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Dynamically allocated array question

 
 
Jeff Williams
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      08-18-2003
Ok, everyone loves to talk about dynamic arrays and ptr's etc, they provide
endless conversation so here goes:

Will this leak memory (my intuition says yes):

void foo(vector<int*>& vec)
{
int* pInts = new int[100];
for(int i = 0; i < 100; i++)
vec.push_back(pInts[i]);
}

// It can be assumed that later on in the program vec will have
// delete called on each individual element

This example is to simulate a technique I am using involving more
complicated stuff so yes I realize there are better ways to do the above in
this simple case.

But also I will explain what I am trying to do in the bigger picture in case
anyone wishes to make suggestions.

I want to fill a container (a vector but it shouldnt matter what) with ptr's
to instances of objects. But there will be millions of these objects and I
wish to allocate them all at once and add them to the container. The
calling code doesn't really know the exact type of the object that will go
into the container, it only knows they will at least derive off the type of
the ptr in the container. BUT in reality they will all be the same object,
which is why i want to allocate them all at once... for speed and to avoid
fragmenting memory.

So the obvious solution of something like:

vector<basePtr*> vec;
vec.reserve(1000000);
for(int i = 0; i < 1000000; ++i)
{
basePtr* pOb = CreateObject(); // virtual func
vec.push_back(pOb);
}

isn't the solution I want

Jeff


 
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Alf P. Steinbach
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      08-18-2003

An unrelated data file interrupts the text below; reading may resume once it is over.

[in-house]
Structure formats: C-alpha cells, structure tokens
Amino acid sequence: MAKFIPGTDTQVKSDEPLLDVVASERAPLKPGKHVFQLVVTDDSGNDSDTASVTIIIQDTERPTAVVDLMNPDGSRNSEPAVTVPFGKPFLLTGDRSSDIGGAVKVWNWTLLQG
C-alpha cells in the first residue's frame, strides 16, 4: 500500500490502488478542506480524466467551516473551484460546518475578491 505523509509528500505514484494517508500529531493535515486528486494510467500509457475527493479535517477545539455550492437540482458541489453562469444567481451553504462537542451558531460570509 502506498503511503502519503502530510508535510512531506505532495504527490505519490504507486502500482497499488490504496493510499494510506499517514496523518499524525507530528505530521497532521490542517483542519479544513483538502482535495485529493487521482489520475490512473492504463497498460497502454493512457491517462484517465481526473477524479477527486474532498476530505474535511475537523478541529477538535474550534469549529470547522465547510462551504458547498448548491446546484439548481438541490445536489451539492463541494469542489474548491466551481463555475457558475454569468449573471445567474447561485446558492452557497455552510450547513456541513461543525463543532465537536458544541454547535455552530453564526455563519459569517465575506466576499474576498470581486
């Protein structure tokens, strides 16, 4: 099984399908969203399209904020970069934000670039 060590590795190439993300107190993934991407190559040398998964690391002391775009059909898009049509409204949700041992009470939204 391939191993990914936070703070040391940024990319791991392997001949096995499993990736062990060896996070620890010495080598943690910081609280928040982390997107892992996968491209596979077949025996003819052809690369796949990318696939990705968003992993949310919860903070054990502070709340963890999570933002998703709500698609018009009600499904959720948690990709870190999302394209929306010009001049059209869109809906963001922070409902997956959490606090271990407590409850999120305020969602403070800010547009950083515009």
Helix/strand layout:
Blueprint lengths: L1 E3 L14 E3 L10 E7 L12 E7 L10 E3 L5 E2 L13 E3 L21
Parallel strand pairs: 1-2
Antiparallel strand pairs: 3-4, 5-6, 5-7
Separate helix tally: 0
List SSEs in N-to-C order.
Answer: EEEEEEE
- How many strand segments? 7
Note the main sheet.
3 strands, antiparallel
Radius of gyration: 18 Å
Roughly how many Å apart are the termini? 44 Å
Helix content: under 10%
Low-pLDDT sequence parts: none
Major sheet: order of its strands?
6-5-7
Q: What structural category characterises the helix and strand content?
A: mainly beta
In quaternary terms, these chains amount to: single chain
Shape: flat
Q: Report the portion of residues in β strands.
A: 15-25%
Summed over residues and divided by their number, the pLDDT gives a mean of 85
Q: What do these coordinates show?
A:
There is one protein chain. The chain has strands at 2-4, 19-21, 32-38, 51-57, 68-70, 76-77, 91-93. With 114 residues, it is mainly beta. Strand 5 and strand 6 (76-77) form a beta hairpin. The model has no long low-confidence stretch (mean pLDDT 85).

On Mon, 18 Aug 2003 16:30:34 GMT, "Jeff Williams" <(E-Mail Removed) > wrote:

>Ok, everyone loves to talk about dynamic arrays and ptr's etc, they provide
>endless conversation so here goes:
>
>Will this leak memory (my intuition says yes):
>
>void foo(vector<int*>& vec)
>{
> int* pInts = new int[100];
> for(int i = 0; i < 100; i++)
> vec.push_back(pInts[i]);
>}


You don't need intutition for that: there is an allocation, no
corresponding deallocation, and the pointer value is lost on exit
from the function so there can not be later deallocation either.



>// It can be assumed that later on in the program vec will have
>// delete called on each individual element


In that case each element must be allocated via 'new'.



>I want to fill a container (a vector but it shouldnt matter what) with ptr's
>to instances of objects. But there will be millions of these objects and I
>wish to allocate them all at once and add them to the container.


std::vector<SmallObject> smallObjectCache( cacheSize );

Also/alternatively check up on the fly-weight pattern, if you haven't.

 
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Dimitris Kamenopoulos
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Posts: n/a
 
      08-18-2003
Jeff Williams wrote:

> Ok, everyone loves to talk about dynamic arrays and ptr's etc, they
> provide endless conversation so here goes:
>
> Will this leak memory (my intuition says yes):
>
> void foo(vector<int*>& vec)
> {
> int* pInts = new int[100];
> for(int i = 0; i < 100; i++)
> vec.push_back(pInts[i]);
> }
>
> // It can be assumed that later on in the program vec will have
> // delete called on each individual element


Actually it cannot be assumed. And even if vec *did* call delete,
"delete"ing every element of a dynamically allocated array is definitely an
error. You must invoke delete[] on pInts, no two ways about it.

> This example is to simulate a technique I am using involving more
> complicated stuff so yes I realize there are better ways to do the above
> in this simple case.
>
> But also I will explain what I am trying to do in the bigger picture in
> case anyone wishes to make suggestions.
>
> I want to fill a container (a vector but it shouldnt matter what) with
> ptr's
> to instances of objects. But there will be millions of these objects and
> I
> wish to allocate them all at once and add them to the container. The